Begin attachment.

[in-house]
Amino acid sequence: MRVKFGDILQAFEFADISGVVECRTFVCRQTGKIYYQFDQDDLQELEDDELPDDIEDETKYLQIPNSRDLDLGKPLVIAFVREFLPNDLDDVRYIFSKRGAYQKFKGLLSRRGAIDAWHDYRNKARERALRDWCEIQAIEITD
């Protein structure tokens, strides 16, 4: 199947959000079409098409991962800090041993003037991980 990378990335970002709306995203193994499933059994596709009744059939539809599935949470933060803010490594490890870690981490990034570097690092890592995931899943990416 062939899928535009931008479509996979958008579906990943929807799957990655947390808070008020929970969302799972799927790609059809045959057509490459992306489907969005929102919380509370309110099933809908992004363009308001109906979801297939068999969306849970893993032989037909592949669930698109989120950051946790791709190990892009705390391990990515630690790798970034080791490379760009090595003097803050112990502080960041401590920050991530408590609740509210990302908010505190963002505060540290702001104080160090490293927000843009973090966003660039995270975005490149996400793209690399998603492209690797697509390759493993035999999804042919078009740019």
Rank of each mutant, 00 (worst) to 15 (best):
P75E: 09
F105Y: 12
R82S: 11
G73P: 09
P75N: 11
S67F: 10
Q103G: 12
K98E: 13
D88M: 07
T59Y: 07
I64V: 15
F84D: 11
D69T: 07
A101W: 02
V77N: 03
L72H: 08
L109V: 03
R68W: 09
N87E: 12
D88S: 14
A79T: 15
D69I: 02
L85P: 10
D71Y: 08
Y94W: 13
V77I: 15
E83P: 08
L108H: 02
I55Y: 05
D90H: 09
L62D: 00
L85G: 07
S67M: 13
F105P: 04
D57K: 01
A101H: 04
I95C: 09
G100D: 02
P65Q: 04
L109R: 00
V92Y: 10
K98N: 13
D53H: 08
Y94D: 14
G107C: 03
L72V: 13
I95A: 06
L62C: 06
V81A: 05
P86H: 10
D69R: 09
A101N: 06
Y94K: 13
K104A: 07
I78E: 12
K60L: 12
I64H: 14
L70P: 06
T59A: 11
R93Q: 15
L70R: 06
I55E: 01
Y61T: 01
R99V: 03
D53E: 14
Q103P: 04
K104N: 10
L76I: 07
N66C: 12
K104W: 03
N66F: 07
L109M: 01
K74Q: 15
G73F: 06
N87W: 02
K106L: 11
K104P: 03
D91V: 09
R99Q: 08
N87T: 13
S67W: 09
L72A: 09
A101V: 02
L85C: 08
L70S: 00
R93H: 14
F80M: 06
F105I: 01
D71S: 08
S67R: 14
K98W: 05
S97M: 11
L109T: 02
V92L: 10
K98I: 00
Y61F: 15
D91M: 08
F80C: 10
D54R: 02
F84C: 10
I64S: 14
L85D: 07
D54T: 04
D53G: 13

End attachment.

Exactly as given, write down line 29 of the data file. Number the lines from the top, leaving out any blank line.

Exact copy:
Y94W: 13